Myths About Burnout

Debunking The Myths of Workplace Stress And Burnout

 

Burnout Myths

This article is aimed at any employee that has experienced workplace stress and burnout. If, like other professionals, you’ve tried everything humanly possible to buffer the impacts of work stress and still find yourself exhausted and approaching burnout, then please read on.

Preventing burnout and work stress is a much-misunderstood phenomenon. The widely accepted model of prevention has relied almost exclusively on employees engaging in self-care activities to boost their resilience. But does self-care prevent burnout and work stress? The simple answer is no! Keep reading as we dispel the common myths about preventing burnout and explore the limitations of self-care.

 

Myth # 1 Self-care Prevents Stress And Burnout

Self-care refers to activities and practices that are initiated by the individual to foster wellbeing and good health. Self-care is a vital part of an integrative and holistic approach to burnout management, but its role is to buffer the impacts of stress and alleviate the impact on your physical, emotional, cognitive and physiological wellbeing. Self-care activities help to ameliorate the impacts of stress but do not address stress at the source. Effective self-care should be combined with organisation-directed interventions that directly target stressors in the workplace. Identifying stressors in the workplace and taking steps to modify them is the best approach to preventing stress and burnout.

 

Myth # 2 Stressed and Burnt Out Employees Have Themselves To Blame

Stress is defined as a response employees may have when presented with work demands and pressures that are not matched to their knowledge and abilities and which challenge their ability to cope. Unfortunately, this definition has been misinterpreted to infer individual causation and responsibility. That is, employees are often blamed for their stress symptoms, which are believed to be synonymous with the stressors in the workplace. Unfortunately, employees are often viewed as responsible for their stress and burnout symptoms or in some instances, blamed for causing their stress response. As a result of this misunderstanding of the relationship between workplace stressors and employees experiencing stress, preventative measures have primarily focussed on assisting individuals to cope better with stress. Self-care strategies have been viewed as a cure-all for stressed-out employees. A lack of selfcare does not cause stress and burnout.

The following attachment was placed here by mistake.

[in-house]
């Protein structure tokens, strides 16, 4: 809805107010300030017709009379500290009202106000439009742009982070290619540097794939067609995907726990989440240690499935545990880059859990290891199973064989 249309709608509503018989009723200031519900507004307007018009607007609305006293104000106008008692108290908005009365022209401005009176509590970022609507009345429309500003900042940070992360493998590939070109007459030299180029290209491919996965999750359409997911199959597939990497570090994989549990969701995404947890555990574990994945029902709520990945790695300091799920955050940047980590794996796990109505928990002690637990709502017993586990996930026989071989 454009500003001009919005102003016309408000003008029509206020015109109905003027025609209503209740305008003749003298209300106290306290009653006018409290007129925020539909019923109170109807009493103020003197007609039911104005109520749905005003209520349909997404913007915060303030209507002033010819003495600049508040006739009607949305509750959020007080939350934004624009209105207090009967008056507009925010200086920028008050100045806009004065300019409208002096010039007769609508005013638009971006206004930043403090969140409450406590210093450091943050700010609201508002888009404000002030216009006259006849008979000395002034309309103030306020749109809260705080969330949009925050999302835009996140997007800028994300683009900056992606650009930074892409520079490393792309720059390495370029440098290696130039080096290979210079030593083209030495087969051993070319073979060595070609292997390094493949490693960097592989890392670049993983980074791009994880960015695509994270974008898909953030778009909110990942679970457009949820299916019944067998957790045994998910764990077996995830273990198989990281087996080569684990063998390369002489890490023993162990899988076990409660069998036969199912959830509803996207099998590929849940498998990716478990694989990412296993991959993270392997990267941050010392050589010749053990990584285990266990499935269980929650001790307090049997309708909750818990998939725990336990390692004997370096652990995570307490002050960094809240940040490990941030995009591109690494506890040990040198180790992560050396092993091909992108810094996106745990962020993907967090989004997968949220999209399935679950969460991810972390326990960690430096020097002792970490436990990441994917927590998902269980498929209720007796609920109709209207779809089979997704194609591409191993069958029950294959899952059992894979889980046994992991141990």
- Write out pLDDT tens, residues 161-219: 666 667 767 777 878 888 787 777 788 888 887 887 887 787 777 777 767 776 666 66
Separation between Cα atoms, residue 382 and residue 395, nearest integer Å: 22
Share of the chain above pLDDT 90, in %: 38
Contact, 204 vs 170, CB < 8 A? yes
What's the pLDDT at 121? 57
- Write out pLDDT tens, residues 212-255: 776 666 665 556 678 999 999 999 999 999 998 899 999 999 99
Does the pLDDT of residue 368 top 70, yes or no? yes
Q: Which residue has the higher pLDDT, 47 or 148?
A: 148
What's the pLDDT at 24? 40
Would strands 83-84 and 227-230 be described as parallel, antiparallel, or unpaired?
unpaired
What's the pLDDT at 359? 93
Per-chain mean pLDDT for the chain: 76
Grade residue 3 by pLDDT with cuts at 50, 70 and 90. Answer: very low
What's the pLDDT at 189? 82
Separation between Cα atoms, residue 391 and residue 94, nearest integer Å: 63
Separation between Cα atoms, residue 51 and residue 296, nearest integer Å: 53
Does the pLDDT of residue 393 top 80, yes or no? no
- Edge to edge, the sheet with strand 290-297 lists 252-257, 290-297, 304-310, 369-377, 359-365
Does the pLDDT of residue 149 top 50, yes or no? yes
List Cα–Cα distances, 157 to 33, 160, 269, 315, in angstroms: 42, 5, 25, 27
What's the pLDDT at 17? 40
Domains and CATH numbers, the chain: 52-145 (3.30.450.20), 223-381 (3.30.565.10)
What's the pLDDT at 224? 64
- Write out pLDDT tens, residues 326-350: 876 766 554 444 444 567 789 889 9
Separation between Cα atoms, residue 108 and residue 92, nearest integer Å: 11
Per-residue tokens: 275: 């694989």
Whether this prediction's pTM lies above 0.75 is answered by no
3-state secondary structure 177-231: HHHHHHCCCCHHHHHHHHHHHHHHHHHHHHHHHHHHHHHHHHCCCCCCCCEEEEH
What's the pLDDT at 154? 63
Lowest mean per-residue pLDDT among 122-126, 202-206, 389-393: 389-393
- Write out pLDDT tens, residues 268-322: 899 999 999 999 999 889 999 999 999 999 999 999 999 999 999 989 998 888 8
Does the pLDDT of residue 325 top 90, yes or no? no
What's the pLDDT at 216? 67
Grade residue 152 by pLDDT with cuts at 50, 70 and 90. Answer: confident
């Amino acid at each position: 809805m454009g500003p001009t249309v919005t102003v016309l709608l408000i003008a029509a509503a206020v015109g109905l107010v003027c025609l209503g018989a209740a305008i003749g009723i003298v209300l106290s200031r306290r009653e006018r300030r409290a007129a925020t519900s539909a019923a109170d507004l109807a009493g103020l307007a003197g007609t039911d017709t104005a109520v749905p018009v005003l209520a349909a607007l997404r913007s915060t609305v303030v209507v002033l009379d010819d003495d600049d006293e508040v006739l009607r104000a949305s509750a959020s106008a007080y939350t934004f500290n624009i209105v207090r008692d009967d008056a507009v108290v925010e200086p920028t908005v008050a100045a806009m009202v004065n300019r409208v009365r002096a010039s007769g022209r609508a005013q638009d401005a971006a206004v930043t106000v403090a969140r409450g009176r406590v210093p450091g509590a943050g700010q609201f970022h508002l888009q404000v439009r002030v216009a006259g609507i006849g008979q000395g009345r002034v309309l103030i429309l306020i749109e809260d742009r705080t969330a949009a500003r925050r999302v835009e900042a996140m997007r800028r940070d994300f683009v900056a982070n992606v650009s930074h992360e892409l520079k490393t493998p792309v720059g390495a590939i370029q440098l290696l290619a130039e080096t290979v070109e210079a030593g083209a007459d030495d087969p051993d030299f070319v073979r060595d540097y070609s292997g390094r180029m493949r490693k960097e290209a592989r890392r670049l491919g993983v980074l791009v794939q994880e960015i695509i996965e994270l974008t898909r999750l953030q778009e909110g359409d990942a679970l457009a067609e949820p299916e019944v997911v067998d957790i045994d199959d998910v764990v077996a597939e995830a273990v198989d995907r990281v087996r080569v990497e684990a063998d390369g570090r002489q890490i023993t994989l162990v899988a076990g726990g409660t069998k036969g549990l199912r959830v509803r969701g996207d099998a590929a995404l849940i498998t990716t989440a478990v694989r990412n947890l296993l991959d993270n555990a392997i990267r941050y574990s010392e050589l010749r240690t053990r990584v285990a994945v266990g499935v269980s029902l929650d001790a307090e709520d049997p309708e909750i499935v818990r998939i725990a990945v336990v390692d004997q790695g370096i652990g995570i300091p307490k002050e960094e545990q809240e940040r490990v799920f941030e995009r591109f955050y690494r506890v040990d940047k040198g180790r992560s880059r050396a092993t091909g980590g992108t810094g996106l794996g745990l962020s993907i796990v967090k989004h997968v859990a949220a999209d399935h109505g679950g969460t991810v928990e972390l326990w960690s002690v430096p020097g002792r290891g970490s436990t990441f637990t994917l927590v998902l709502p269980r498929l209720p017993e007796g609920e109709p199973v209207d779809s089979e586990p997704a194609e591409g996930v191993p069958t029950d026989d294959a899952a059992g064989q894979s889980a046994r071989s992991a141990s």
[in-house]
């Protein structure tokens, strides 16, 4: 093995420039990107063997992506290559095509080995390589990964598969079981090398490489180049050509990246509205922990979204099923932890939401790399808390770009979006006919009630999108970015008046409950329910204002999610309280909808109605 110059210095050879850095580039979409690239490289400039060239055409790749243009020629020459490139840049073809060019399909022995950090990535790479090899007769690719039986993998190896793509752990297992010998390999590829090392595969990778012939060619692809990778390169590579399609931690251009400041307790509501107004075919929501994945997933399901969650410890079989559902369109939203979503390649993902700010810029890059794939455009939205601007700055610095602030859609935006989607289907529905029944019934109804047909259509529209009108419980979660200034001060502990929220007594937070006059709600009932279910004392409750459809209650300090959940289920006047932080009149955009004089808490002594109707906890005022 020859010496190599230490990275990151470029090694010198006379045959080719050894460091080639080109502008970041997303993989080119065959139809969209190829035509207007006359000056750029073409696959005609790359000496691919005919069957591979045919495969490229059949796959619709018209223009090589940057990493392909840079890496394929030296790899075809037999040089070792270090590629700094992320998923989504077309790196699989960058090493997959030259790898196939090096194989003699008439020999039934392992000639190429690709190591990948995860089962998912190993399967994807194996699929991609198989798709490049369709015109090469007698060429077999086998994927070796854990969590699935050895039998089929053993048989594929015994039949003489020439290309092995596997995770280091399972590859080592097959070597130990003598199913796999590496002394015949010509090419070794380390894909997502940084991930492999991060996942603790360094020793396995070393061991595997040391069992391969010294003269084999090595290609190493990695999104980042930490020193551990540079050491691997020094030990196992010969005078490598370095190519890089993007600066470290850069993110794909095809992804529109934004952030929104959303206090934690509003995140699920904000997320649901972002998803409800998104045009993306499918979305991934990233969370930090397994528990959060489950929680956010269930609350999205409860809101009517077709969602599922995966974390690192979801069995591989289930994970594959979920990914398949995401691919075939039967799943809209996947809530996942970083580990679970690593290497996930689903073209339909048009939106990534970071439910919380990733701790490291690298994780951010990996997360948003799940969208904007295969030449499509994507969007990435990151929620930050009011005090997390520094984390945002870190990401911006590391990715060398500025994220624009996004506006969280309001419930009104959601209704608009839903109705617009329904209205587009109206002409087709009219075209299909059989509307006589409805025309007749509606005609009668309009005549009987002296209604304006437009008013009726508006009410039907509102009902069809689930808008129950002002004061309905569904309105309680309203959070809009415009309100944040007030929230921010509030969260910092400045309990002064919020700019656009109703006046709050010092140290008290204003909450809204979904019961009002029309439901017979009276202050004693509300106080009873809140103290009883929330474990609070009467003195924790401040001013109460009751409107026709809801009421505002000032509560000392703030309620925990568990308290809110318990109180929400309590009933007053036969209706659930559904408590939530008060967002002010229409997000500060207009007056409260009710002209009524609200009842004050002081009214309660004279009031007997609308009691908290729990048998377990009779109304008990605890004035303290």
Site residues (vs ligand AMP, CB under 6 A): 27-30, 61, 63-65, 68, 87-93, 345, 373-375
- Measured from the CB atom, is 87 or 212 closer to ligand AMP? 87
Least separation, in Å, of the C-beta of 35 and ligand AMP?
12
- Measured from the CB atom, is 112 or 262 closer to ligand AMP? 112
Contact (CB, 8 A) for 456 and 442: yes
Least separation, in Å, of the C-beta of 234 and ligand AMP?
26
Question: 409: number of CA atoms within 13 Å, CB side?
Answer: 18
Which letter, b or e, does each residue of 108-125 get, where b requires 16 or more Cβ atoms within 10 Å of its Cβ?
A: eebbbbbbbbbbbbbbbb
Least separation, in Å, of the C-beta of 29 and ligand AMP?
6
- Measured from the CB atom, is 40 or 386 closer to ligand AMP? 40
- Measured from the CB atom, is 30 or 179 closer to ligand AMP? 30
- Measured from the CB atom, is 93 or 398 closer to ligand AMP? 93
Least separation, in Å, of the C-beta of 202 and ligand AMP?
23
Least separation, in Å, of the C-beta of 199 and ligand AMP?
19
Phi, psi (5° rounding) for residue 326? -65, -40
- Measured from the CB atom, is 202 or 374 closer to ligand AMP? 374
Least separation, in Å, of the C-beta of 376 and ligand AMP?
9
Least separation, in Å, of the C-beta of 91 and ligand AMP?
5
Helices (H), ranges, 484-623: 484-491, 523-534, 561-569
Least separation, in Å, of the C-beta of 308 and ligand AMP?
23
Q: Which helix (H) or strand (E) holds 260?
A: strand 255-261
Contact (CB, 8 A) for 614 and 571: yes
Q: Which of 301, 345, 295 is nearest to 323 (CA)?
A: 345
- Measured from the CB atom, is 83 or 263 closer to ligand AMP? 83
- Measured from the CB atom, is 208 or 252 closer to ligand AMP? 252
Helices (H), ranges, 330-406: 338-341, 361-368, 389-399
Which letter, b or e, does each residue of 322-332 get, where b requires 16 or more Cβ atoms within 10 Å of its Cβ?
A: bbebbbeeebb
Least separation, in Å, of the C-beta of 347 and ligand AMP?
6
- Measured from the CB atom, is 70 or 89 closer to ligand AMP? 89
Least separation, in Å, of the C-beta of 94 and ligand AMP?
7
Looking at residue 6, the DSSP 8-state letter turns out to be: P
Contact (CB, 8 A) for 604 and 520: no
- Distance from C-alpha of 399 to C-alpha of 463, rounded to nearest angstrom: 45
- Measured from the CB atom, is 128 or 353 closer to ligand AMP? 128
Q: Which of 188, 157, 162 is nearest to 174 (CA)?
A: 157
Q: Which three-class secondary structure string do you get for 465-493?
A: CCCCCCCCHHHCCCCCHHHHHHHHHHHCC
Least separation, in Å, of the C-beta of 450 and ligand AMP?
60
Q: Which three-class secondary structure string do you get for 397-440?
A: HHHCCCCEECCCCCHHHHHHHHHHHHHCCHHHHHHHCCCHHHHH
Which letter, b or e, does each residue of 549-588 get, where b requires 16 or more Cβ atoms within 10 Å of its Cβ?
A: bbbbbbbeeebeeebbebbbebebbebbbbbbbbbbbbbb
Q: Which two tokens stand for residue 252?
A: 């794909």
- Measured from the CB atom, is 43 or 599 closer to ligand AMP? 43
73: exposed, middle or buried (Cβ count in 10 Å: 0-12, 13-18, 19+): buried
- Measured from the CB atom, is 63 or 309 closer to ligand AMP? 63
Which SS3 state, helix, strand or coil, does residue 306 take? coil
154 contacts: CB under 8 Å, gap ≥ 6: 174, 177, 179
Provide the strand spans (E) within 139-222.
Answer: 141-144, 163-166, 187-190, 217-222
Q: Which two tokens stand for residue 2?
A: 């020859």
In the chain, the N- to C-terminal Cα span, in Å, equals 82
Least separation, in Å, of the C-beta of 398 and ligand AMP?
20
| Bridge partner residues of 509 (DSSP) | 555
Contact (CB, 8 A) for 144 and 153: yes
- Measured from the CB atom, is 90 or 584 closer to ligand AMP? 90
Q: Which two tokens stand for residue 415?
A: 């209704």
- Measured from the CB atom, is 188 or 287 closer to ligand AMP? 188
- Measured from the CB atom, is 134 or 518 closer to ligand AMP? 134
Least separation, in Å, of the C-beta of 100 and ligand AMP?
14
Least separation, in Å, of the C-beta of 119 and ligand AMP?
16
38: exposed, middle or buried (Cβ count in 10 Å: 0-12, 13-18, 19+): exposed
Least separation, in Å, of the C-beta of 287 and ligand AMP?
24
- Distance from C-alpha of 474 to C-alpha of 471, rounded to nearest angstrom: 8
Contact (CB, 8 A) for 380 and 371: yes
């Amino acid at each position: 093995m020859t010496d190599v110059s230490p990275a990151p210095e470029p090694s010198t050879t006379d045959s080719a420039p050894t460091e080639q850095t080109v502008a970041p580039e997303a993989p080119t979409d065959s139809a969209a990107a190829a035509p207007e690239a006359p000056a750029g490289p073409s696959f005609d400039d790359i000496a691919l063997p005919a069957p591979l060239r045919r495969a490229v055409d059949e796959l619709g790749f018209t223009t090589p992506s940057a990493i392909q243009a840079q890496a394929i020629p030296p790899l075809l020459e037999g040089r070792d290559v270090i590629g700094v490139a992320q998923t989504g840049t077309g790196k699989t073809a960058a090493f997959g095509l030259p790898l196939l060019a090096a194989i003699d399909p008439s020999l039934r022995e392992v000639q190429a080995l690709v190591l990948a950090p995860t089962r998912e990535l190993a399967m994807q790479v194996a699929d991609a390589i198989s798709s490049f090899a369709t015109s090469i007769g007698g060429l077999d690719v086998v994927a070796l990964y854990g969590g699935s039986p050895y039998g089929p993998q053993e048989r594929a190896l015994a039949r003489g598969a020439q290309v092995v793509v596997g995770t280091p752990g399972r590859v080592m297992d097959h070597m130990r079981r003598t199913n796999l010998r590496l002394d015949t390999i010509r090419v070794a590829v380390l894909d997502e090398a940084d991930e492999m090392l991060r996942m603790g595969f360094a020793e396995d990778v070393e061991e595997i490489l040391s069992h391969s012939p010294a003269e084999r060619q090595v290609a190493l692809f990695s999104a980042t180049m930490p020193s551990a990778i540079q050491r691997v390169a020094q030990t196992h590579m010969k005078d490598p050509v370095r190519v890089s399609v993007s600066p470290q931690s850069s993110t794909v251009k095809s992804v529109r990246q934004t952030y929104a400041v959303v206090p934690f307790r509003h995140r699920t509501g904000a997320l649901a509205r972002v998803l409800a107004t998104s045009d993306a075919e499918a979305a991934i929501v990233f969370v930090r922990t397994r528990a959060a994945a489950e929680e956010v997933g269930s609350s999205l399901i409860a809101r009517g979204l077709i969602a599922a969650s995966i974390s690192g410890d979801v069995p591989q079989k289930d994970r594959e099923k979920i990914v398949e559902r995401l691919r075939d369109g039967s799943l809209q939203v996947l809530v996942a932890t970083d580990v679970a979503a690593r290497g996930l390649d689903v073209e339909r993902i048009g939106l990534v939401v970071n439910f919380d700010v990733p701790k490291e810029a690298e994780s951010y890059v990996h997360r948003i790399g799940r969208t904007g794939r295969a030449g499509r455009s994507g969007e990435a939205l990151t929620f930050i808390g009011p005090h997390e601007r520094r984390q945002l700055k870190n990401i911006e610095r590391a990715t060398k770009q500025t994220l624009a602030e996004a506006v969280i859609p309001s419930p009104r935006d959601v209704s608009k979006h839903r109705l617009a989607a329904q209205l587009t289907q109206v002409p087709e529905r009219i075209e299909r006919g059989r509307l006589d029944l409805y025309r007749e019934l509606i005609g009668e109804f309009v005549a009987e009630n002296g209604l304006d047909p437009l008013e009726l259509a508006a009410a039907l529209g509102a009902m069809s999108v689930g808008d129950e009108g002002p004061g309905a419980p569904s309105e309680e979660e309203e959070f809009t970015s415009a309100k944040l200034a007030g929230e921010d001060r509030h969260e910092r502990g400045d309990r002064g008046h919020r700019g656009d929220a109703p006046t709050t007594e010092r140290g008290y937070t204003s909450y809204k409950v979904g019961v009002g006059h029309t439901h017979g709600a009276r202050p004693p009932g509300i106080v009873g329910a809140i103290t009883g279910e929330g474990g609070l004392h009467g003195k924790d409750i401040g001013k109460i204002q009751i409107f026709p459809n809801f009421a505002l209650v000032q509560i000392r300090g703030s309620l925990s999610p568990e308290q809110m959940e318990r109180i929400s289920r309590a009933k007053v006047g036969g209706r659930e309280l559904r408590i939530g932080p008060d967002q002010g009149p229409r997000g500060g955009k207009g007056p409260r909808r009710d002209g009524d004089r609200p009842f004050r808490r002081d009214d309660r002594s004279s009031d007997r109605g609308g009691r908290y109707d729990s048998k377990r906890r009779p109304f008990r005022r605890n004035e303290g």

Work-related stress is caused by stressors or work pressures. Work pressures include long and unsociable work hours or poorly designed shift work, high and demanding workloads, lack of control and autonomy, unfair reward or recognition for work done, emotional demands, inadequate support from co-workers or supervisors, conflict between the work-home interface, an unproductive organisational culture, high cognitive demands, and job-person mismatches.
Stressed and burnt out employees are not to blame for their stress response.

 

Myth # 3 Workplace Wellbeing and Wellness Programs Prevent Stress and Burnout

Australian workplace wellness and wellbeing programs follow an American model which target chronic disease prevention—such as cardiovascular disease and obesity-related diseases, and lifestyle management aimed at behaviour change regarding exercise, healthy eating, reduced alcohol consumption, and quit smoking campaigns. The typical Australian wellness program offers a variety of individually directed activities such as fitness sessions, meditation courses, workshop topics such as effective communication and improving wellbeing, blood pressure/blood sugar screenings, and perhaps even a regular singing group. There is nothing inherently wrong with wellness or wellbeing programs. The difficulty arises when workplace wellness programs are presented as a means to prevent work stress and burnout. As mentioned above, stress and burnout are NOT caused by a lack of self-care.

Myth # 4 Management Or The Organisation Can’t Prevent Employee Stress And Burnout

The notion that management and organisations are powerless to prevent employee stress and burnout is a myth. This myth has worked in unison with the myth that employees are responsible for their stress response and that the symptoms of stress are the same as the causes of stress. Managers and organisations can prevent employee stress and burnout from occurring. Western Australia is moving towards the implementation of Model Laws, which are a single set of workplace health and safety laws for all states and territories. One of the fundamental changes to the current legislation is the re-definition of health to include psychological health in addition to physical health. This change means that in addition to preventing physical injury in the workplace, employers and employees now have the responsibility to prevent psychological injury.